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Smart Investor: ABF – a good example of a share to avoid
Sometimes it is helpful looking at why a stock is not attractive. Associated British Foods (ABF), whose brands include store-cupboard stalwarts Kingsmill, Ovaltine, Patak’s and Twinings, may sound like a defensive company but its numbers just don't add up. Smart Investor explains why.
Associated British Foods (ABF.L) may not be a household name, but many of its products are. Brands such as Kingsmill, Ovaltine, Patak’s and Twinings are well known, and ABF’s Primark chain is a mainstay of fashion-conscious spendthrifts.
However, ABF is more than just brands. The company is split into five segments: sugar, agriculture, retail, grocery and ingredients, which enables it to operate in a wide range of markets across the world.
ABF’s history goes back to 1935, when it was called Food Investments Ltd before it changed its name to Allied Bakeries just five weeks after inception. Since then, a large number of acquisitions have helped the company to grow, with a market capitalisation of £10 billion, making it the 38th-biggest company on the FTSE 100.
In terms of performance, the past five years have seen ABF’s net profit increase at an annualised rate of 8%, which is quite impressive given that this has been a challenging trading period. Of course, it could be argued that the company’s focus on consumer staples should stand it in good stead during economic slowdowns.
However, net profit was flat between 2010 and 2011; falling slightly from £546 million to £541 million. Over the five years return on equity averaged just 8.8% and was 9.4% last year, both of which are disappointing.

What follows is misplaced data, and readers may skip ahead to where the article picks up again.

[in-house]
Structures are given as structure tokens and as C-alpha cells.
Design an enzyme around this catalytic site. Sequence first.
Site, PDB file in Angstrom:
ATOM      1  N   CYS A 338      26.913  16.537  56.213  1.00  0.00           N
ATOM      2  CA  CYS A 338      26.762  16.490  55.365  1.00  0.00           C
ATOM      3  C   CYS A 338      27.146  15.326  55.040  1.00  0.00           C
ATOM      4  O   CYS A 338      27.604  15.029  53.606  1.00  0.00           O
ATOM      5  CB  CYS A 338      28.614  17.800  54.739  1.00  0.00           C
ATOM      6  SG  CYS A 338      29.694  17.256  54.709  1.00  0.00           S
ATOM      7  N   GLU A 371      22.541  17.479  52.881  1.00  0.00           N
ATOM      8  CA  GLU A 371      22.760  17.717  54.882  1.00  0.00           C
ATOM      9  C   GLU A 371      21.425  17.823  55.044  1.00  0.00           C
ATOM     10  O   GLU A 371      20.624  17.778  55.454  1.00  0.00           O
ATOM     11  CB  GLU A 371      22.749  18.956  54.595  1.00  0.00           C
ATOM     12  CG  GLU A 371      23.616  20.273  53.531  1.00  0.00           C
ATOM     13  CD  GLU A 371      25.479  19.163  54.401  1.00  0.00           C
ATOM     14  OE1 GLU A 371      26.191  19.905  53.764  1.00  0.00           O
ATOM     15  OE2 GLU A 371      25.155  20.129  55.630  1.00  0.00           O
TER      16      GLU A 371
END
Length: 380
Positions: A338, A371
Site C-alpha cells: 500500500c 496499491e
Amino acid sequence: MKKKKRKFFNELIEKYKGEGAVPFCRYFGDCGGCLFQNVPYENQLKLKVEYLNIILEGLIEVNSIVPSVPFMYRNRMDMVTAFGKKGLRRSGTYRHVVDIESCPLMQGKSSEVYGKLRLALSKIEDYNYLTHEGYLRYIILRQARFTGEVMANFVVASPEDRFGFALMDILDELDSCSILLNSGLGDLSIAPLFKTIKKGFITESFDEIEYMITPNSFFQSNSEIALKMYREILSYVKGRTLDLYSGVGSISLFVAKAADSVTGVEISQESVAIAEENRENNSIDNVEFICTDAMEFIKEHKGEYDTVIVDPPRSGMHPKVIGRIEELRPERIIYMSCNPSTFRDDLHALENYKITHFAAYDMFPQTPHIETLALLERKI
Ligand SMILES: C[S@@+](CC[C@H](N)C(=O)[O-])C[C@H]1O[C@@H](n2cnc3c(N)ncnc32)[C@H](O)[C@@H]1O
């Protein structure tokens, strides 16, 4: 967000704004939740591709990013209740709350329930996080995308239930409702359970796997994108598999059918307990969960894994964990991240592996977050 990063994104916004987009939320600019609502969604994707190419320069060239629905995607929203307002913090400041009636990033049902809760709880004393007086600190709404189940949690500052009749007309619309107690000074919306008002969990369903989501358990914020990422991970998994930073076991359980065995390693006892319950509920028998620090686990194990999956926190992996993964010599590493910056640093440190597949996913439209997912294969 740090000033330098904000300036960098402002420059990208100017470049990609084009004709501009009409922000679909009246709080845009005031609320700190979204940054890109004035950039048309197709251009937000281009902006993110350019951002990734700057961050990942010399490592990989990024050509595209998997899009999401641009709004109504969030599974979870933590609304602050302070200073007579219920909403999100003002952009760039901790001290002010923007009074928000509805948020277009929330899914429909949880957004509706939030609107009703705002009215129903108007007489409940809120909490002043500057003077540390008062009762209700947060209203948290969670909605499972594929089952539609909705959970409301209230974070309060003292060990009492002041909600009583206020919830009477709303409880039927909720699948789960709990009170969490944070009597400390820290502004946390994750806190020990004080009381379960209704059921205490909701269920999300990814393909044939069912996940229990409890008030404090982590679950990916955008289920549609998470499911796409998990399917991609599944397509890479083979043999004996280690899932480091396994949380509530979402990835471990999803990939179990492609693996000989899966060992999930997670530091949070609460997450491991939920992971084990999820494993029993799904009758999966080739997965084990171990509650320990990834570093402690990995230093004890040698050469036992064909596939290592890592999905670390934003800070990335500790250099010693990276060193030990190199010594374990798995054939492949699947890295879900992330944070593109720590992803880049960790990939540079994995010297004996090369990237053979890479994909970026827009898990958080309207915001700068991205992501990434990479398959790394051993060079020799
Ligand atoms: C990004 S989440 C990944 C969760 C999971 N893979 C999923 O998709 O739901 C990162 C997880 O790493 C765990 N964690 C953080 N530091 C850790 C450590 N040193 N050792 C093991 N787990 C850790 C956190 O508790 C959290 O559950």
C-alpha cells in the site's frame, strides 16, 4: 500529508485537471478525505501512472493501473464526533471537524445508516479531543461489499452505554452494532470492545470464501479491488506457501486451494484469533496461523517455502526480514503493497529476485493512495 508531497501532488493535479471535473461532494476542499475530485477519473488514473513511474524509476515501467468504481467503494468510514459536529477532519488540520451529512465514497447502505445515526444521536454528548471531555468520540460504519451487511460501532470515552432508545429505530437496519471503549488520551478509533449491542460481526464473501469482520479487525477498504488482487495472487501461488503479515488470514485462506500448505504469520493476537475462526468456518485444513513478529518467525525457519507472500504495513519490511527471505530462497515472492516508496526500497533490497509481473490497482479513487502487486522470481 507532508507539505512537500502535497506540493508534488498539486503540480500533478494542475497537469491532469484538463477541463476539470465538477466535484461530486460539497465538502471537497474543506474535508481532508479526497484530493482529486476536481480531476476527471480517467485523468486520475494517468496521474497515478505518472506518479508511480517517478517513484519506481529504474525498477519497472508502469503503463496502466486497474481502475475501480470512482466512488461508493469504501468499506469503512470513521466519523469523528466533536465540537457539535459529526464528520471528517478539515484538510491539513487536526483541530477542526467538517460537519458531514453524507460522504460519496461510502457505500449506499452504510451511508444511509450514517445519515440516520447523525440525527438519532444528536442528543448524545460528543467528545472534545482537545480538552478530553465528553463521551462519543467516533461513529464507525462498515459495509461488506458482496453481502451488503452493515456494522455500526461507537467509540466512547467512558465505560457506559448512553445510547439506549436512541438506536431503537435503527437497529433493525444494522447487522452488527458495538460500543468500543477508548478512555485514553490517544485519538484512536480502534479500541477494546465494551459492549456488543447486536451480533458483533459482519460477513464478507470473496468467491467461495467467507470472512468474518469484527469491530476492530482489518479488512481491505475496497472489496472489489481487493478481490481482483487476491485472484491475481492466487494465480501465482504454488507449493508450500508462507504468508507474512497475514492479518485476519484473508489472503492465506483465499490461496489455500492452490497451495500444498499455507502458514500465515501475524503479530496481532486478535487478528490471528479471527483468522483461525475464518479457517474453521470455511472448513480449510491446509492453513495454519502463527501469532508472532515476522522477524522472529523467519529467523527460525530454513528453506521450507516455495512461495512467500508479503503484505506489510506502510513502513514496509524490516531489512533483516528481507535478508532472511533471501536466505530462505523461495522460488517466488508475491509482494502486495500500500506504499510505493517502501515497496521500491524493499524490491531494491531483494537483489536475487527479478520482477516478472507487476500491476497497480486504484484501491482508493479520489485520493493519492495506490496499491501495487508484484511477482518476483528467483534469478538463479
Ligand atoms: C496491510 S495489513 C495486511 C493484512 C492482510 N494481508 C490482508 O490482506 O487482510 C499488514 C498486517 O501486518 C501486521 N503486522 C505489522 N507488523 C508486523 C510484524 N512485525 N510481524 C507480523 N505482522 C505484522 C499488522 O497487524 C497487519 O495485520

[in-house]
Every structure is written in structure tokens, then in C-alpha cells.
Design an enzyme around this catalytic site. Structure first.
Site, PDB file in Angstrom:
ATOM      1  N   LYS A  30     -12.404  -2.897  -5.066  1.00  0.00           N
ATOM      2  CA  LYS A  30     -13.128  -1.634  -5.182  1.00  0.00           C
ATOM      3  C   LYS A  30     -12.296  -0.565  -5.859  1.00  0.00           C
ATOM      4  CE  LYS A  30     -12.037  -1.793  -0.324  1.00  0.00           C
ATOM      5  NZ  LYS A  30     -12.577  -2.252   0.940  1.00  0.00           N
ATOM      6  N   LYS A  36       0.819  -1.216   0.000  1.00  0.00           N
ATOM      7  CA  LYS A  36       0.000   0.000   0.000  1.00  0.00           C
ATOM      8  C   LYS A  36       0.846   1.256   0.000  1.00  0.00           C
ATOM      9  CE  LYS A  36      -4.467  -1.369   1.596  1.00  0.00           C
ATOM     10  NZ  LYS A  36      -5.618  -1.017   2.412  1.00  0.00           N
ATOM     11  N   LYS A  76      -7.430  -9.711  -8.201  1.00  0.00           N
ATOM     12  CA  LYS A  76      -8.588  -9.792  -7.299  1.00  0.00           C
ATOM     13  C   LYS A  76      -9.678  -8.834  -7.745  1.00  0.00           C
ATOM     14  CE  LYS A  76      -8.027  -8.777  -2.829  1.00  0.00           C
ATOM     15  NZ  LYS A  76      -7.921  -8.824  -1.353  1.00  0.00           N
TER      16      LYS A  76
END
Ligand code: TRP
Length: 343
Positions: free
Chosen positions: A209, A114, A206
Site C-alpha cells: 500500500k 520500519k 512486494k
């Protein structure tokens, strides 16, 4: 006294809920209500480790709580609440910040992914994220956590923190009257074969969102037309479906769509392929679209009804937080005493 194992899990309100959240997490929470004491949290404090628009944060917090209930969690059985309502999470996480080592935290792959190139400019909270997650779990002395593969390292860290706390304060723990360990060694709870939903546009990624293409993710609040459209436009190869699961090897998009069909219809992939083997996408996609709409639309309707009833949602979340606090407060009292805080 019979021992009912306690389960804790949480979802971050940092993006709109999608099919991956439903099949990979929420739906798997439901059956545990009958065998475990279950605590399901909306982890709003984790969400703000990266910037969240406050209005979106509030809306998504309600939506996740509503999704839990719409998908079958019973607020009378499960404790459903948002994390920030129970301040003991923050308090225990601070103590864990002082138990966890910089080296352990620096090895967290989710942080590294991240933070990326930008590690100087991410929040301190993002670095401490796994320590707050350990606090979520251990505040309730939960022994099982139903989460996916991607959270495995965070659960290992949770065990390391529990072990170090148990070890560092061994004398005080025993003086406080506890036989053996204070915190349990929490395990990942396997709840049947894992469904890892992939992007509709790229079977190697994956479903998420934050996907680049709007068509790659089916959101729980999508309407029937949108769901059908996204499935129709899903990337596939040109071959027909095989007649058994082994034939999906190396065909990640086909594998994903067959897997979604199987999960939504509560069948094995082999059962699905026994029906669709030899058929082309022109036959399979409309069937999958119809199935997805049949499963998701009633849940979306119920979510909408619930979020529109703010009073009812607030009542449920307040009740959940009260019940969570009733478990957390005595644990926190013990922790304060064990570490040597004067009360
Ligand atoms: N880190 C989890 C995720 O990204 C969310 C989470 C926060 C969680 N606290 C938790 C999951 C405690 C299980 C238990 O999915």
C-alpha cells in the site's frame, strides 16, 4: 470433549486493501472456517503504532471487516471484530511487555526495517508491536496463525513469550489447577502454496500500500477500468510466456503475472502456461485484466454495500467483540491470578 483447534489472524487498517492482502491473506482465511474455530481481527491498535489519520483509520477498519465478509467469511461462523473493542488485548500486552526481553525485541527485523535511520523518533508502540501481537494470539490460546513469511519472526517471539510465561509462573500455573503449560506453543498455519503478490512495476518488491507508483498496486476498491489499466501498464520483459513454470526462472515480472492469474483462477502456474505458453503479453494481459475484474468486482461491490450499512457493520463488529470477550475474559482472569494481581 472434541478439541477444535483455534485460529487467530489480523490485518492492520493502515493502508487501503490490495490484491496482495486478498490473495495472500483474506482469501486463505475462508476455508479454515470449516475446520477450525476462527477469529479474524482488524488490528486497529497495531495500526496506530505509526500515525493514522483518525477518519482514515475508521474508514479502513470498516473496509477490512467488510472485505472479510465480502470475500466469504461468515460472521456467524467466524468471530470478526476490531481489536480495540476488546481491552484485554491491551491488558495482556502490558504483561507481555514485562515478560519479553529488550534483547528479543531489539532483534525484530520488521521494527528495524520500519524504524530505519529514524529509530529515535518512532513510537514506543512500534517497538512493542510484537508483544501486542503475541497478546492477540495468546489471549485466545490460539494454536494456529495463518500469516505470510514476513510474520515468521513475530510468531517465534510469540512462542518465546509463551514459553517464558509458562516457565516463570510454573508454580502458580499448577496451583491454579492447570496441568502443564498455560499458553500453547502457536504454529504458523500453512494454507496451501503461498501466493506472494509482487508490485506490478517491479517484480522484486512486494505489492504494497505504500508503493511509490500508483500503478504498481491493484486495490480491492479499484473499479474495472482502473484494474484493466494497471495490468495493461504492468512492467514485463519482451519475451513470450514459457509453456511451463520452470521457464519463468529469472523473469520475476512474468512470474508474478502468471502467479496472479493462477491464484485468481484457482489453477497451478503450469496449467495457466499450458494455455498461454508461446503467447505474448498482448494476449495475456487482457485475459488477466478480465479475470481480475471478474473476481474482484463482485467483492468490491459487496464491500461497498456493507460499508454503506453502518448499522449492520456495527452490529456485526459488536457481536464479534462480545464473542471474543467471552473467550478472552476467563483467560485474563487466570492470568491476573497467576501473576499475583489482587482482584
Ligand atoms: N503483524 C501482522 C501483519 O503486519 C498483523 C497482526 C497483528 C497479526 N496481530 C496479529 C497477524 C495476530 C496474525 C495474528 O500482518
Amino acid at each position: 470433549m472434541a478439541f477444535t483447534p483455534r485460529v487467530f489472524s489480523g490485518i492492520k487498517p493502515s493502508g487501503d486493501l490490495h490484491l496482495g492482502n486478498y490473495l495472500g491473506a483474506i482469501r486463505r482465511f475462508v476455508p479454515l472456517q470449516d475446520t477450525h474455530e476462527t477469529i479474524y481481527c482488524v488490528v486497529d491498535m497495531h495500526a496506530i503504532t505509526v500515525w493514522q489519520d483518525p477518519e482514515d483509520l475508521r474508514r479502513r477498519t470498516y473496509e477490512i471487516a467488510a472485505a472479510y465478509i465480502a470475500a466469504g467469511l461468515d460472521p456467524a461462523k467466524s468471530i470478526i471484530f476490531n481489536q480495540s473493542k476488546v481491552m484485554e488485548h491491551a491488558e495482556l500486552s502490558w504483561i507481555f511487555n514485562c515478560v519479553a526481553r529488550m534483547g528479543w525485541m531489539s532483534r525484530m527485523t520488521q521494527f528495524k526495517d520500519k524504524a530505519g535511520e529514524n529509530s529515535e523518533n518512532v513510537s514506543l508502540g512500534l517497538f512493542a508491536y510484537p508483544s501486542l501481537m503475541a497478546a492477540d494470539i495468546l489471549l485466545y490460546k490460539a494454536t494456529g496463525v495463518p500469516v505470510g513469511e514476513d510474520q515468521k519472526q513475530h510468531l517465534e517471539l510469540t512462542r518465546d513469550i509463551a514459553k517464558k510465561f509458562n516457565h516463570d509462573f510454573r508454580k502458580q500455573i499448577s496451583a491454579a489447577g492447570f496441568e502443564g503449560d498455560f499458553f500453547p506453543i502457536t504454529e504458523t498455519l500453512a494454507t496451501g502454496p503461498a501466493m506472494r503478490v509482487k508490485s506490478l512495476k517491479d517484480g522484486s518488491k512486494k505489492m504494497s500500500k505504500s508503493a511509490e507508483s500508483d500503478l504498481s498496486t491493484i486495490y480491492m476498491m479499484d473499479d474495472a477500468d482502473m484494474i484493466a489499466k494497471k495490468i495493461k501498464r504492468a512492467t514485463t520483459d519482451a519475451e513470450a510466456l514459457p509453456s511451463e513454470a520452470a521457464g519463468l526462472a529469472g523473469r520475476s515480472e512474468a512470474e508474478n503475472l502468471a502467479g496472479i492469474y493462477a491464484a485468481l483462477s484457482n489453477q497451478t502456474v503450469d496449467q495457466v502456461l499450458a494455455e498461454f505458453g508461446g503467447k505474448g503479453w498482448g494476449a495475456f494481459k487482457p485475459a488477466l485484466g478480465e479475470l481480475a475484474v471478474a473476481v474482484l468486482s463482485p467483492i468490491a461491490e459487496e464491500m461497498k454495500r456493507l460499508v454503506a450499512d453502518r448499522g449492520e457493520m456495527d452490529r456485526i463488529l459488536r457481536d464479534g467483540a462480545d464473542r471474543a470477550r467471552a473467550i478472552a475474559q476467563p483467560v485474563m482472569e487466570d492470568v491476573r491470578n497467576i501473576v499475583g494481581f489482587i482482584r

Further disappointment comes in the size of ABF’s dividend yield. With the FTSE 100 average being around 3.6%, ABF’s 1.95% is simply not good enough, especially when the payout ratio is analysed.
In 2011 the payout ratio was just 36% and, although a higher ratio would not make the yield index-leading, it would certainly help. Of course, ABF could argue that dividends have grown at an annualised rate of 4.9% over the past five years (which is encouraging), but the current payout ratio remains mean.
The balance sheet, encouragingly, does not suffer from excessive financial leverage, with the debt to equity ratio being just 28.3%. Although this goes some way to explaining the low levels of return on equity (ROE), the explanation is not a full one, and single-figure ROE unfortunately indicates a lack of profitability.
Back to the topic of debt levels, and interest cover is perfectly adequate at nine, meaning that debts are comfortably serviced.
Weak cash flow
Interestingly, high levels of capital expenditure mean that free cash flow disappoints. It averages £207 million over the past five years versus average net profit of £434 million. However, ABF undoubtedly benefits from a substantial economic moat: the company operates in a wide range of markets across most of the world and, in addition, owns a significant number of valuable brands.
This means that it is likely to be in existence in the long run, even if a minority of its products and/or geographies prove to be challenging.
Moving on to valuation, with shares currently trading at £12.67 ABF currently has a price-to-earnings (P/E) ratio of 18.4 and a price-to-book ratio of 1.75. Although the price-to-book ratio is not excessive, the company’s disappointing profitability means that the P/E ratio is unappealing.
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